An Appalachian School of Law graduate will receive a Certificate in Litigation with a corresponding notation in the student’s permanent academic record if he or she meets the following criteria:
- Successfully complete 29 credit hours of litigation related course work
- Students must take the following courses (26 credits):
- Civil Procedure I (2 credits)
- Civil Procedure II (3 credits)
- Criminal Law (3 credits)
- Criminal Procedure (3 credits)
- Evidence (4 credits)
- Appellate Advocacy (3 credits)
- Trial Advocacy (4 credits)
- Criminal Practice (4 credits), Pretrial Practice (4 credits) or Family Law Practice (4 credits)
- In addition, a student may complete any combination of the following courses to fulfill the requirement:
- Advanced Criminal Procedure (3 credits)
- Virginia Civil Procedure (3 credits)
- Remedies (3 credits)
- Moot Court (2 credits)
A student must receive a “PR” in each first year required course and have at least a cumulative 3.0 grade point average in the upper level courses that qualify the student to receive the certificate. Absent approval from the Academic Standards Committee, transferred credits for courses taken at other institutions will be counted with respect to 1L required courses, but will not count towards the Certificate for 2L and 3L courses.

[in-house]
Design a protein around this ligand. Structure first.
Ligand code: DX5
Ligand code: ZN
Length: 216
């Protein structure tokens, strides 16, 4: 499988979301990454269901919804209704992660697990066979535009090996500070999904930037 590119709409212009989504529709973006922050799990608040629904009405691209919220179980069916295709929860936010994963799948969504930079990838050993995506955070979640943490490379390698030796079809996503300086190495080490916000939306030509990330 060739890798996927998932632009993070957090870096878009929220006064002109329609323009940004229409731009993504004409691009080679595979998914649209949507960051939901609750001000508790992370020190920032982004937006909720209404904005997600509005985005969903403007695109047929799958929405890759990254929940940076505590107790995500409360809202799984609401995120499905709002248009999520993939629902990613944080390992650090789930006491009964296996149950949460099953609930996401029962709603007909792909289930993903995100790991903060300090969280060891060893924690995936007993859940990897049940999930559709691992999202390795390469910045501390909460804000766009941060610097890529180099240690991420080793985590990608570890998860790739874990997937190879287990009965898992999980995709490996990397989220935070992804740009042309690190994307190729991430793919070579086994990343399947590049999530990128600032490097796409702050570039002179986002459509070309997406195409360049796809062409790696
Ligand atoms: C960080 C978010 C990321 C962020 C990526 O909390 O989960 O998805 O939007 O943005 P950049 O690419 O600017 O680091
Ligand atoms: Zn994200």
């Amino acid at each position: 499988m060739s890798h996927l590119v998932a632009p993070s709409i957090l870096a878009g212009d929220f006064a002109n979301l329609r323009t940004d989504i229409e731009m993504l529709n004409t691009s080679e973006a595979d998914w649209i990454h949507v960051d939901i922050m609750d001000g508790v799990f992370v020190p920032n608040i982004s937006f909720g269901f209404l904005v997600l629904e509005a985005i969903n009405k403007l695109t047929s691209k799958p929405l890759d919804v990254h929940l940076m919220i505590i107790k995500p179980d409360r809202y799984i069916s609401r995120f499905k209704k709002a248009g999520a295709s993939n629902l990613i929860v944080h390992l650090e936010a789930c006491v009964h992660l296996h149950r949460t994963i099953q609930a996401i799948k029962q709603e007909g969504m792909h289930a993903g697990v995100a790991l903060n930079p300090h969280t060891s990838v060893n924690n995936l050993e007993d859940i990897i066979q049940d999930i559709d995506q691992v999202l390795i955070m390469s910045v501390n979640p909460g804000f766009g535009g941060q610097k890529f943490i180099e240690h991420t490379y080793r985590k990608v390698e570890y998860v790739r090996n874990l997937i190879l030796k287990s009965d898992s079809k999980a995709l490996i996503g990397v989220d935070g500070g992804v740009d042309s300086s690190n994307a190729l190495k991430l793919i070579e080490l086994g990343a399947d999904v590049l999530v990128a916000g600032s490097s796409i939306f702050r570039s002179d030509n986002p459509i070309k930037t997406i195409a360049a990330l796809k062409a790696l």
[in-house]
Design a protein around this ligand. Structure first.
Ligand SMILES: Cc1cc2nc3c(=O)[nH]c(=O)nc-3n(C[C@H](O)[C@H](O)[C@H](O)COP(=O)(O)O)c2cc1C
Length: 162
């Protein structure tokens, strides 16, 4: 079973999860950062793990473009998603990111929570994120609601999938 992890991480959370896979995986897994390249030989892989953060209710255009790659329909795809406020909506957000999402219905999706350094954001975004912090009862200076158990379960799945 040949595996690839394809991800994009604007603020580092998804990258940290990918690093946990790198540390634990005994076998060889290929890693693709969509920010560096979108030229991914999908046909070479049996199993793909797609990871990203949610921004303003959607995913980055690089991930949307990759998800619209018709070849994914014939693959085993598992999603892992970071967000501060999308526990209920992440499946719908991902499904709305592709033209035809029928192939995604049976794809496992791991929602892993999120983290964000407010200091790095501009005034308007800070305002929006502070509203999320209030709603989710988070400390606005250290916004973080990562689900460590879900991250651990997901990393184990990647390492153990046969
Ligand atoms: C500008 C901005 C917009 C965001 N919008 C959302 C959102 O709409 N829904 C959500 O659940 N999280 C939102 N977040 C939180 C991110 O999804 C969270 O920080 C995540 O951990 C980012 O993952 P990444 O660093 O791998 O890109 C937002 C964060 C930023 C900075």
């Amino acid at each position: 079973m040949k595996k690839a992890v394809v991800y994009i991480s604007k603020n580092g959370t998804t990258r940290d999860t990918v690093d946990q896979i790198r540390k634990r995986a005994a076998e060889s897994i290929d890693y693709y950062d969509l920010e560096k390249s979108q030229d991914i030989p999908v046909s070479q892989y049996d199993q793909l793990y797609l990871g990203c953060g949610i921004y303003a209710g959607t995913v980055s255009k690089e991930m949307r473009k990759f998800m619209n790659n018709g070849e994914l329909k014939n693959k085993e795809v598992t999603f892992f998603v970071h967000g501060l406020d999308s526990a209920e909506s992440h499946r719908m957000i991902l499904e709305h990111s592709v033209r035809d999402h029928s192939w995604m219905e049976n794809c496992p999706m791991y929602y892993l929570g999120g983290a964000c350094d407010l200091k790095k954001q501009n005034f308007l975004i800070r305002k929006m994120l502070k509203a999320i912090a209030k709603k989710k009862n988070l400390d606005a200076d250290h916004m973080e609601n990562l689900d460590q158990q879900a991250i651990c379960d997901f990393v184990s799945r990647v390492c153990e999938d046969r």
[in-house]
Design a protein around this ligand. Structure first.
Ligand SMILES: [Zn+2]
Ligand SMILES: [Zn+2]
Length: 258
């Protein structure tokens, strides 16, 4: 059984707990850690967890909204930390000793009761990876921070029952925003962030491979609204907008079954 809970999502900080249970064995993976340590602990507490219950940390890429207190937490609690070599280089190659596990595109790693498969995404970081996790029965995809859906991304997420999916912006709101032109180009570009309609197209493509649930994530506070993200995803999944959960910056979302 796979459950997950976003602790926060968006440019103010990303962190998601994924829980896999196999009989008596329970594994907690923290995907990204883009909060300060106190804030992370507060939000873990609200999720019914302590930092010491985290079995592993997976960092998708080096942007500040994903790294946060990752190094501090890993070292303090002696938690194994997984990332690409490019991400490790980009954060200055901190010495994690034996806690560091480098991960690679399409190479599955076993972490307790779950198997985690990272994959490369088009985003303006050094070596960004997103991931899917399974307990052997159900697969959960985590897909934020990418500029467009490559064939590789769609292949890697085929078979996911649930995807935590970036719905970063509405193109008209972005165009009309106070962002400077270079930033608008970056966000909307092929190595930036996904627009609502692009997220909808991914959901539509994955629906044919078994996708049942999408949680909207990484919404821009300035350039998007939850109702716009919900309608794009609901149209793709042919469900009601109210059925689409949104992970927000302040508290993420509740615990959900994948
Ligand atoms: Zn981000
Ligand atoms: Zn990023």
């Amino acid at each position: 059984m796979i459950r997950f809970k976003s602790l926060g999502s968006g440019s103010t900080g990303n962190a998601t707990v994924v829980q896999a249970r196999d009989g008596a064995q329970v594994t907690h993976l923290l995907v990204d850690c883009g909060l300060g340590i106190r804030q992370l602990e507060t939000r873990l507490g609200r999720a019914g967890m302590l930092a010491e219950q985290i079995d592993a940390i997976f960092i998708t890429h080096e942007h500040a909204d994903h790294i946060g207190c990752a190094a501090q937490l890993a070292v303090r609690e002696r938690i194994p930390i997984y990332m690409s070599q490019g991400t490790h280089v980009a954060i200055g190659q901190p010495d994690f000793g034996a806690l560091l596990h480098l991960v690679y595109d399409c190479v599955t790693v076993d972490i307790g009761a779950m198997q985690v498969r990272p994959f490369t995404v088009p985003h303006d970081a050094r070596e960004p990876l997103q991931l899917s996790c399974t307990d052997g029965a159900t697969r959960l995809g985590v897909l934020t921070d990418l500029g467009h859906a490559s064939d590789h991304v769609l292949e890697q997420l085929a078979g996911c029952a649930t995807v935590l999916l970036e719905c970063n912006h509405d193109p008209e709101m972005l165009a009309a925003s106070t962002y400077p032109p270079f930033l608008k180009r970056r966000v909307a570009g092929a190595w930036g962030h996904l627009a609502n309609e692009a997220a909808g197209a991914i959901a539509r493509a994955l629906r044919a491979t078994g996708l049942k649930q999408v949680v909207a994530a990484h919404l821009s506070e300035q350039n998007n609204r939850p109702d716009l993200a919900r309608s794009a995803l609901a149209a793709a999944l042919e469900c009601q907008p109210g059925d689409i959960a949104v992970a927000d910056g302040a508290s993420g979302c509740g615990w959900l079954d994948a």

If a student chooses Criminal Practice and Advanced Criminal Procedure as optional courses, the Litigation Certificate will reflect that concentration as a Criminal Litigation Certificate. If a student chooses Pretrial Practice and/or Family Law Practice and/or Virginia Civil Procedure and/or Remedies as optional courses, the Litigation Certificate will reflect that concentration as a Civil Litigation Certificate.
The Curriculum Committee and Academic Standards, with approval from the Dean and Assistant Dean, retain jurisdiction over the implementation, interpretation, and requirements for this certificate program.